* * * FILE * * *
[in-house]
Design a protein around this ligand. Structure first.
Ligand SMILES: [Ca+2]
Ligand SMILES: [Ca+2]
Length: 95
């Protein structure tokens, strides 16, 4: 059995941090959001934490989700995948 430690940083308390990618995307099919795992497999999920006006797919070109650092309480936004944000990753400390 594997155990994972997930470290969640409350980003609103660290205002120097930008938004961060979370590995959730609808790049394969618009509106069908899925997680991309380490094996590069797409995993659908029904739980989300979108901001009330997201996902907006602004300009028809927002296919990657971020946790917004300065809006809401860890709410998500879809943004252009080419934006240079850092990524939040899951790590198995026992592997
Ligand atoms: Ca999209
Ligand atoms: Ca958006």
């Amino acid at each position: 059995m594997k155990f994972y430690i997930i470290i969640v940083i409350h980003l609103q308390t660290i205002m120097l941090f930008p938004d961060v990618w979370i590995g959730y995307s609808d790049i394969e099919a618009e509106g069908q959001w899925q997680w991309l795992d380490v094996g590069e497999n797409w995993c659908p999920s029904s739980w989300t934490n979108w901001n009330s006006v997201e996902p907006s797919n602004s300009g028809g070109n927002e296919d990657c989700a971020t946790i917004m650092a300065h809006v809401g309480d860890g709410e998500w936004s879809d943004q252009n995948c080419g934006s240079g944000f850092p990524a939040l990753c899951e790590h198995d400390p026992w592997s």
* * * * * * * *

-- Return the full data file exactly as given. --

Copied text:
[in-house]
Design a protein around this ligand. Structure first.
Ligand SMILES: [Ca+2]
Ligand SMILES: [Ca+2]
Length: 95
């Protein structure tokens, strides 16, 4: 059995941090959001934490989700995948 430690940083308390990618995307099919795992497999999920006006797919070109650092309480936004944000990753400390 594997155990994972997930470290969640409350980003609103660290205002120097930008938004961060979370590995959730609808790049394969618009509106069908899925997680991309380490094996590069797409995993659908029904739980989300979108901001009330997201996902907006602004300009028809927002296919990657971020946790917004300065809006809401860890709410998500879809943004252009080419934006240079850092990524939040899951790590198995026992592997
Ligand atoms: Ca999209
Ligand atoms: Ca958006």
């Amino acid at each position: 059995m594997k155990f994972y430690i997930i470290i969640v940083i409350h980003l609103q308390t660290i205002m120097l941090f930008p938004d961060v990618w979370i590995g959730y995307s609808d790049i394969e099919a618009e509106g069908q959001w899925q997680w991309l795992d380490v094996g590069e497999n797409w995993c659908p999920s029904s739980w989300t934490n979108w901001n009330s006006v997201e996902p907006s797919n602004s300009g028809g070109n927002e296919d990657c989700a971020t946790i917004m650092a300065h809006v809401g309480d860890g709410e998500w936004s879809d943004q252009n995948c080419g934006s240079g944000f850092p990524a939040l990753c899951e790590h198995d400390p026992w592997s």